There are 450 roster spots in the NBA. Every June, 60 new players are drafted. A few of them are stashed overseas, a few from previous drafts make their way here, but ultimately it is a zero-sum game; no new jobs are created. For a player to make it in the NBA, he has to move into someone else's locker. You can't become a starter without sending someone to the bench.
So a newcomer—especially a Euro, who battles the stereotypes practically from birth—is probed for weakness. Established guys will mock his grasp of the language, swing a high elbow, cross a line just to draw a reaction. If a rookie is soft, he will be sniffed out quickly, and harassed until he's pushed out.
The nicknames started in training camp as a way to bridge a communication gap between Zubac, whose English was good but choppy (he started learning it in fifth grade), and his new teammates. "It was kind of a bridge," said Nance, who coins most of them. The second-year forward had reached out to Laker coaches before the season to see how he could mentor Zubac. "We were laughing and he was laughing—it kind of became a competition as to who could get the best one."
It was good-natured teasing, but ultimately it gauged the thickness of Zubac's skin. The Zudonyms piled up along with DNPs as Walton struggled to right the ship in the early months of 2017. Zubac stayed patient, even as he shuttled back and forth between the D-League and the varsity squad. Timofey Mozgov, whose minutes and starting job Zubac eventually took when the Lakers adopted full tank mode, came away impressed with the rookie's mental chops.
Veteran forward Metta World Peace went a step further. "He gained our respect," World Peace told VICE Sports. "Young kid come from overseas, accent a little different—we imitate him a lot. He takes it and he performs under that pressure. We'll joke, call him Zu-back, Tupac, like we do all the rookies; as a veteran you pick out something that can make them upset and you see where their mind is at. He got asshole in him, and you know what? You need that."
"Sometimes you gotta be like that," Zubac said, laughing. He shrugs. "You gotta let people know that they cannot treat you like whatever they want. I wouldn't say asshole—but you gotta let some people know who you are."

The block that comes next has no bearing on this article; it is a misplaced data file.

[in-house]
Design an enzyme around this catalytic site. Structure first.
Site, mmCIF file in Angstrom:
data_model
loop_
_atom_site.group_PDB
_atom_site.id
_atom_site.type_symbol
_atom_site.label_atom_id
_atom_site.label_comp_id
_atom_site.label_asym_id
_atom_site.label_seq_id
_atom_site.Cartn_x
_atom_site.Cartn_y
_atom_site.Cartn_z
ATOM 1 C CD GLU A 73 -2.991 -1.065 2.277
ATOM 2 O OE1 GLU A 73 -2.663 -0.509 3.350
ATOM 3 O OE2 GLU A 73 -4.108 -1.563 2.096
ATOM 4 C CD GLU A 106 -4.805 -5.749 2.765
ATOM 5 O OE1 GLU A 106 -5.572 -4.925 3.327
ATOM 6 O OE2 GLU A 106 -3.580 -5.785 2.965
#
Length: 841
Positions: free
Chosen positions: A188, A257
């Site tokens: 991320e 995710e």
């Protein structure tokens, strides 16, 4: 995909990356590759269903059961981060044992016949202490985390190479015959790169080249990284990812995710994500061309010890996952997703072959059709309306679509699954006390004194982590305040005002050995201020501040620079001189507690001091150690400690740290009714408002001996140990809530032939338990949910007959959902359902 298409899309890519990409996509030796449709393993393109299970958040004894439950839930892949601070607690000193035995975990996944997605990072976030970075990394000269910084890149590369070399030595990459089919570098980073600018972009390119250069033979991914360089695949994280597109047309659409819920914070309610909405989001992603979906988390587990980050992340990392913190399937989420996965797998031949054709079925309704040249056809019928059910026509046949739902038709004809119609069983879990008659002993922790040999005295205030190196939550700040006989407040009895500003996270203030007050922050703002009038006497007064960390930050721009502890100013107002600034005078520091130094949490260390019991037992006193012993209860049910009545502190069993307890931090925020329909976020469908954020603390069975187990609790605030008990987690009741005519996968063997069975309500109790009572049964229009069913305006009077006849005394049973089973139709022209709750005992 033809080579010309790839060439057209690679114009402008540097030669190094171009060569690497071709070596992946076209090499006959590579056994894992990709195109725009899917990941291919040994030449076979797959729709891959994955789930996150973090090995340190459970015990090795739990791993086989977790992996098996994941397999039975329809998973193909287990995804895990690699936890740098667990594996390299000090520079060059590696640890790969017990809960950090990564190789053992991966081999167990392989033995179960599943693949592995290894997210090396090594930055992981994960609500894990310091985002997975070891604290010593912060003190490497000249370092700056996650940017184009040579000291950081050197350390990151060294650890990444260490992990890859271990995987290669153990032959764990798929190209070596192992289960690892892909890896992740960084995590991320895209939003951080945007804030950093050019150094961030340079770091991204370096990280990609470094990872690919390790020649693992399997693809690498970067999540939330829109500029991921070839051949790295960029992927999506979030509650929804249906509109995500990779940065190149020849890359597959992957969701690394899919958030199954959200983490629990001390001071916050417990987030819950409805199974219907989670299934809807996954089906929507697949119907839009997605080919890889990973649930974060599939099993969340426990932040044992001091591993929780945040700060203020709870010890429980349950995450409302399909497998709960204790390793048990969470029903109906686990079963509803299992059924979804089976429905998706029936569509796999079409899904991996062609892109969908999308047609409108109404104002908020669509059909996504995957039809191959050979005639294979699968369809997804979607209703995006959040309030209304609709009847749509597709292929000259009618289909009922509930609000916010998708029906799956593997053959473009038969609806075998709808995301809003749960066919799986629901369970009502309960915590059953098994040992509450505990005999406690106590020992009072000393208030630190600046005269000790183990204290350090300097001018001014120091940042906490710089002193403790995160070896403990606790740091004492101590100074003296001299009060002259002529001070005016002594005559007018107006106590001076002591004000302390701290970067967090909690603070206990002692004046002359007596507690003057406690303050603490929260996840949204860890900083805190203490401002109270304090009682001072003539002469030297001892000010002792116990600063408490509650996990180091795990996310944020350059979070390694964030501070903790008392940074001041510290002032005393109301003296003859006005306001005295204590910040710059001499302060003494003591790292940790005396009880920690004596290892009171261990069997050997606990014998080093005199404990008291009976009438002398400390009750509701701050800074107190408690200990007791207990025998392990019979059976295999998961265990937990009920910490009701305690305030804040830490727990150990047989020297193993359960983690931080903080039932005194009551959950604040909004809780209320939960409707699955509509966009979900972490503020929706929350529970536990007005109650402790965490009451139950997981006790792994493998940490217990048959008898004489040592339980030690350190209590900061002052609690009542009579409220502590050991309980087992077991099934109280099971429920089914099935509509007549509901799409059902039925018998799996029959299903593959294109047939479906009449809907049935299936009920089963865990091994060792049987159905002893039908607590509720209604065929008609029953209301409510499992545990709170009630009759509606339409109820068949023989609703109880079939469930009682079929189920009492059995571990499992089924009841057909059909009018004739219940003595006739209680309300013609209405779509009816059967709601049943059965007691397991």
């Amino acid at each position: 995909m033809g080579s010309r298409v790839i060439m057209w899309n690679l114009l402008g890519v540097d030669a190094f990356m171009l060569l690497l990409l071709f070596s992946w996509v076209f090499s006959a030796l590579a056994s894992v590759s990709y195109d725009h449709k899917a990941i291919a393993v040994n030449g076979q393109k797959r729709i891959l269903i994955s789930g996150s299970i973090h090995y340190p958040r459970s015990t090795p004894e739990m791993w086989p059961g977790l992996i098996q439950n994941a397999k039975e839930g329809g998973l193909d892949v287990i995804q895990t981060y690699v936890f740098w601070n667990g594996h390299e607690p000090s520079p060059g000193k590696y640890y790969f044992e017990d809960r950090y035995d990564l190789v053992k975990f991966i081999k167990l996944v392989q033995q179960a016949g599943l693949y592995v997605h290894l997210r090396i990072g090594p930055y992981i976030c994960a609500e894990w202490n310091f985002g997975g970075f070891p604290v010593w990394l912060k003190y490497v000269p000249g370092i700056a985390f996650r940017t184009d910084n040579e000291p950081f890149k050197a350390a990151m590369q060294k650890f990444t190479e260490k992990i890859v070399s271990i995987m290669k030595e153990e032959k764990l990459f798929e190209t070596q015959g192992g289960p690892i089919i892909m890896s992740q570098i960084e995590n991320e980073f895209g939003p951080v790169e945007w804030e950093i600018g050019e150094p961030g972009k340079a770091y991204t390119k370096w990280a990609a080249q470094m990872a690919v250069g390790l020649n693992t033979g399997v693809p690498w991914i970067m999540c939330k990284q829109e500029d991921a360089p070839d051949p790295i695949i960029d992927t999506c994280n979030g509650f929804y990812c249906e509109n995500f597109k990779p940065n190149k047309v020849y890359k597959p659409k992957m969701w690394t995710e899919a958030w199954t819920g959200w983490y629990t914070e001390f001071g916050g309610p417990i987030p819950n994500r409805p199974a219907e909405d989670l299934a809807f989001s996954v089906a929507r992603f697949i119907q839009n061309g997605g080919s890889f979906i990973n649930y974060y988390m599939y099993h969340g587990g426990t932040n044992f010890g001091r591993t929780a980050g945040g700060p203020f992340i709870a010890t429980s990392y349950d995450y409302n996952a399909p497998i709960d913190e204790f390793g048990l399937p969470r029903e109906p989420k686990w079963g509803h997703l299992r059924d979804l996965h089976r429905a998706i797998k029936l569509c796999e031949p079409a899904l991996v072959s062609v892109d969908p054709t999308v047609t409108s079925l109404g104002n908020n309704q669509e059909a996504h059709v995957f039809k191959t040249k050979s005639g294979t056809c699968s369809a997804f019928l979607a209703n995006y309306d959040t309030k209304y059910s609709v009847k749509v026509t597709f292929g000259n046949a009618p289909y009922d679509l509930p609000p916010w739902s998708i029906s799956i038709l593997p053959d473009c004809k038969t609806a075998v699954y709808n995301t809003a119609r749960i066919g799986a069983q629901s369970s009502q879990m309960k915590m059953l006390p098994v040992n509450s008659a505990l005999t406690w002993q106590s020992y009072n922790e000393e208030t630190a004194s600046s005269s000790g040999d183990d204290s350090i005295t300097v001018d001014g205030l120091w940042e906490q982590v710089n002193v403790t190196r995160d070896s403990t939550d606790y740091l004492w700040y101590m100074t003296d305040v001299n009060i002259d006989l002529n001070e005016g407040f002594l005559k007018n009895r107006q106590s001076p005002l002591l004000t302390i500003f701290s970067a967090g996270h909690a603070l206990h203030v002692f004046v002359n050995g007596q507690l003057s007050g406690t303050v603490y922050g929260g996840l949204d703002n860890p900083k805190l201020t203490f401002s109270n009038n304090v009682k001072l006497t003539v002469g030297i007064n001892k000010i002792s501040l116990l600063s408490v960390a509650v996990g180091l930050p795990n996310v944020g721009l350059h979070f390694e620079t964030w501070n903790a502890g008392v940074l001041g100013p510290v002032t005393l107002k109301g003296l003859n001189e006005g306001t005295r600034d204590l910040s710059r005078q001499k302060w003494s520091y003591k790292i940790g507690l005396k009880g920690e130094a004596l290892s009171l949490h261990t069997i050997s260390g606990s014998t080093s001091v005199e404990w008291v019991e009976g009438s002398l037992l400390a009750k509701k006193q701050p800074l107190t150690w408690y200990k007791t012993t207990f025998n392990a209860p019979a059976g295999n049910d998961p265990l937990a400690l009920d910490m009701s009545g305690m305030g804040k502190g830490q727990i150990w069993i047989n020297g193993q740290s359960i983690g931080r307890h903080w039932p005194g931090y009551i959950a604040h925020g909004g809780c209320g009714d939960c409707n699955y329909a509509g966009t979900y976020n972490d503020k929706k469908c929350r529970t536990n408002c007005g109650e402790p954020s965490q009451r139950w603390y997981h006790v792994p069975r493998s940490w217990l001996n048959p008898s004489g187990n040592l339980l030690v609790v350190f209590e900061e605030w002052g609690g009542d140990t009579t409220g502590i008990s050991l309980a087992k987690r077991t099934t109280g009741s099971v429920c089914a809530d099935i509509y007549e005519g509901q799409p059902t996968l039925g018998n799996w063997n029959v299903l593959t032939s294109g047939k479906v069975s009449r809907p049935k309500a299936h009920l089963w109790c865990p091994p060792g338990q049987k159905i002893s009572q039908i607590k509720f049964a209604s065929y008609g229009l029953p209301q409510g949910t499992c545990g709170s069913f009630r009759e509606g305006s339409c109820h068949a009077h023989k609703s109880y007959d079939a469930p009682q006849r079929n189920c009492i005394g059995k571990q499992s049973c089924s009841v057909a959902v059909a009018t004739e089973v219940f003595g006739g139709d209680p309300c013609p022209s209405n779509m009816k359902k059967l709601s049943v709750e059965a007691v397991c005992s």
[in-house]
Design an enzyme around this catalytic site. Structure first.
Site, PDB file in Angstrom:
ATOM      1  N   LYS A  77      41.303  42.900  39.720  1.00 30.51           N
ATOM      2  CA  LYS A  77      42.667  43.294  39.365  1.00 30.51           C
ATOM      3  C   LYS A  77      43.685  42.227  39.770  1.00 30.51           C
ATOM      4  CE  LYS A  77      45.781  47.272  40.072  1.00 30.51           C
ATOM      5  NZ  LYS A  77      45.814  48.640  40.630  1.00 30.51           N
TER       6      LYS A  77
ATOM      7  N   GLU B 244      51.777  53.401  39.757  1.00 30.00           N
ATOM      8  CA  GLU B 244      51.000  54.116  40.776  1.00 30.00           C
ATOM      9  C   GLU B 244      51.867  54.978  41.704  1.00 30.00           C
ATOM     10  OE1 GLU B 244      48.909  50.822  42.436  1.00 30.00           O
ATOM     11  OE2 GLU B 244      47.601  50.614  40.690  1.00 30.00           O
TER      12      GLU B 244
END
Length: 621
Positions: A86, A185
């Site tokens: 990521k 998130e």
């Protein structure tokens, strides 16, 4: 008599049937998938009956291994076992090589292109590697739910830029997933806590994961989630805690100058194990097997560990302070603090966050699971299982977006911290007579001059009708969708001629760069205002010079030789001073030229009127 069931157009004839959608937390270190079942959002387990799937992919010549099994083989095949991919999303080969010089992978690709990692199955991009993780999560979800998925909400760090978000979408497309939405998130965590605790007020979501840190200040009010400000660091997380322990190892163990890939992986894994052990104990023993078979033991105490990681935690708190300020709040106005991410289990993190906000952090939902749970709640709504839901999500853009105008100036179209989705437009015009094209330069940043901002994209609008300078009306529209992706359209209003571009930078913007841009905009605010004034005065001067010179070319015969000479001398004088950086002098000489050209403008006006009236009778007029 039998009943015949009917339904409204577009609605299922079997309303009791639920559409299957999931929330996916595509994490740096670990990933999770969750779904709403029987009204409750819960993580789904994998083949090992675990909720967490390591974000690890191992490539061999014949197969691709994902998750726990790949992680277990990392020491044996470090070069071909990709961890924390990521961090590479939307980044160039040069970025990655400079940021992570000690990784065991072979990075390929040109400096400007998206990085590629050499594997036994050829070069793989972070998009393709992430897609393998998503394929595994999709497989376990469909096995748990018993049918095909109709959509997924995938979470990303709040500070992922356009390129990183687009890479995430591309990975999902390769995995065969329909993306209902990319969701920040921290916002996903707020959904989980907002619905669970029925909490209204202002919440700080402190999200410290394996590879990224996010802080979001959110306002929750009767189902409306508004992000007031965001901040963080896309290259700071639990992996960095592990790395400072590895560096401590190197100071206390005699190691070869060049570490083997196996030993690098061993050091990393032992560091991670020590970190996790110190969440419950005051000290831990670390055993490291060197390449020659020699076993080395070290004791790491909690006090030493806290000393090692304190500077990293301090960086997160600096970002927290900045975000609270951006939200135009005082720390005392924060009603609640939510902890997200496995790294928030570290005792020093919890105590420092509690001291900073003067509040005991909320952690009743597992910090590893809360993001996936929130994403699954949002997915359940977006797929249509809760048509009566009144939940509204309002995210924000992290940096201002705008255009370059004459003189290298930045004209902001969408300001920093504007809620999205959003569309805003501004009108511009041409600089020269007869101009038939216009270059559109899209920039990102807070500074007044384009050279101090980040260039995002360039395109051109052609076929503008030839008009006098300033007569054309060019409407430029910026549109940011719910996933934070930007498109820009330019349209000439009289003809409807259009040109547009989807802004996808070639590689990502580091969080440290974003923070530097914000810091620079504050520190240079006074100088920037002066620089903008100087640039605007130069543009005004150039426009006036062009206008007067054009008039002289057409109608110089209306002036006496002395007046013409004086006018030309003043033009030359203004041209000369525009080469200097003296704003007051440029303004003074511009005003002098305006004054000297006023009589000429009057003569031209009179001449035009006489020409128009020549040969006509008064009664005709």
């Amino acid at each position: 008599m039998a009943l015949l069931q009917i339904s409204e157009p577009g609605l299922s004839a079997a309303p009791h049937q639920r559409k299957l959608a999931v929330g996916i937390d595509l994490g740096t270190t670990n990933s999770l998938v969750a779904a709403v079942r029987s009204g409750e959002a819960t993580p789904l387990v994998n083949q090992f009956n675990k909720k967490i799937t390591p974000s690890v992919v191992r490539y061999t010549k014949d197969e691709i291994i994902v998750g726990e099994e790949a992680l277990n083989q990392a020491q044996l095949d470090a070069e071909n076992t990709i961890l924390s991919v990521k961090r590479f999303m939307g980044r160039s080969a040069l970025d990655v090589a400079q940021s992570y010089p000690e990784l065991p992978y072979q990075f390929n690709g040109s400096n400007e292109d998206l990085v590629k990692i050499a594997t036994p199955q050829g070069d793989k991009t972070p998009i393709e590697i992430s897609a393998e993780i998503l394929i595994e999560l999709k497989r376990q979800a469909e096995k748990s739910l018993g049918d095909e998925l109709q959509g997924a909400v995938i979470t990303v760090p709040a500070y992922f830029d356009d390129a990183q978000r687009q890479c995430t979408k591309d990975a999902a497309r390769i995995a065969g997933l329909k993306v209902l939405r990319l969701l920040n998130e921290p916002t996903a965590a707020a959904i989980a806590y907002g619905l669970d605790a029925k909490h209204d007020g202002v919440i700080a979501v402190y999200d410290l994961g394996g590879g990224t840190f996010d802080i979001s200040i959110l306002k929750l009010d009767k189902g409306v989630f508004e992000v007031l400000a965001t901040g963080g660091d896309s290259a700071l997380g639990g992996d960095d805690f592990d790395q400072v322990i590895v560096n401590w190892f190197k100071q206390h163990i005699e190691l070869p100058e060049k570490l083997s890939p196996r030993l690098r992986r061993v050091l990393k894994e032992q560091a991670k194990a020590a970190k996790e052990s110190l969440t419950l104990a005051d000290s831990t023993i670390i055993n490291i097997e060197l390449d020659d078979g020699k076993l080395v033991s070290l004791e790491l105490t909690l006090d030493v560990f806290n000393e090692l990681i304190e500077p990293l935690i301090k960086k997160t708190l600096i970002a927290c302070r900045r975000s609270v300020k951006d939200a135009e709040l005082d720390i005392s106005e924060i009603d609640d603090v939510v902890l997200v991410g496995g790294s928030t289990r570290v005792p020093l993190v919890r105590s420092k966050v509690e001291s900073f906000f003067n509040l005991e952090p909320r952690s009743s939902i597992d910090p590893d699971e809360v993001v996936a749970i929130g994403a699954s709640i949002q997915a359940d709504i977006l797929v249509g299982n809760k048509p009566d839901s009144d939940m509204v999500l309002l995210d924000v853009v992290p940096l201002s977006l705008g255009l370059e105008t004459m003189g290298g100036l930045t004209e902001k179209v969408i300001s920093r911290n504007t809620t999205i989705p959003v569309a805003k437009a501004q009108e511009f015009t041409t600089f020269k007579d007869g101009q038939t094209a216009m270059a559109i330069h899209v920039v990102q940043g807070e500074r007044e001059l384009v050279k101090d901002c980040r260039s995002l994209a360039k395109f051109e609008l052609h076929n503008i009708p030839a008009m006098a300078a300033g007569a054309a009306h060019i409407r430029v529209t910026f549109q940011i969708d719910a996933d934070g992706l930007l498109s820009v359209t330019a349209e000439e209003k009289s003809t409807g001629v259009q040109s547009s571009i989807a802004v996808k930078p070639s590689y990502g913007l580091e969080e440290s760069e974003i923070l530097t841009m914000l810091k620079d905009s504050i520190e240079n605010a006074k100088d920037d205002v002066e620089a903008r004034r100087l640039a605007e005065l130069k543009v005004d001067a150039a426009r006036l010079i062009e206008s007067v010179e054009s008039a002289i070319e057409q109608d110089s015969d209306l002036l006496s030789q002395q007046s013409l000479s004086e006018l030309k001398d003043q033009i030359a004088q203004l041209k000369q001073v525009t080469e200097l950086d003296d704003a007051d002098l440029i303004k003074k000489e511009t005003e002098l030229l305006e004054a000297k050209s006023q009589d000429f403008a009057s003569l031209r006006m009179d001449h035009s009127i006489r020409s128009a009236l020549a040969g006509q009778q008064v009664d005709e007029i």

Nance is quick to point out that Zubac fires back, and as a result Nance claims to have a growing vocabulary of Croatian profanities. But the monikers have become a part of Zubac's identity here, for better or for worse, and an analgesic meme de résistance on days World Peace's "I love basketball" doesn't resonate. To his teammates, at least, the Zudonyms are inextricable from the kid who keeps their heads up, who Nance says genuinely rooted for their success even when he was on the bench.
"It's been a rough season," Nance said. "Anything you can use to make you laugh, you gotta have stuff like that."
When asked about it, Zubac's relishes the chance to big-time his teammate. "That's just stupid nicknames that Larry Nance comes up with," he says. "They don't make any sense, but they're fun for him I guess."
The ability to playfully savage a teammate won't keep a kid in the league if he can't also play. We're talking, after all, about a rookie averaging six points and four rebounds. His productivity comes in bursts; he can get pushed around on the boards.
But offensively, Zubac is a natural. He moves intelligently off the ball, sucks in offensive rebounds with a quick second jump and a seven-foot-four wingspan, and shoots his signature push shot—an automatic deuce from eight to ten feet—like a crumpled draft at a wastebasket. He's a smart, eager passer.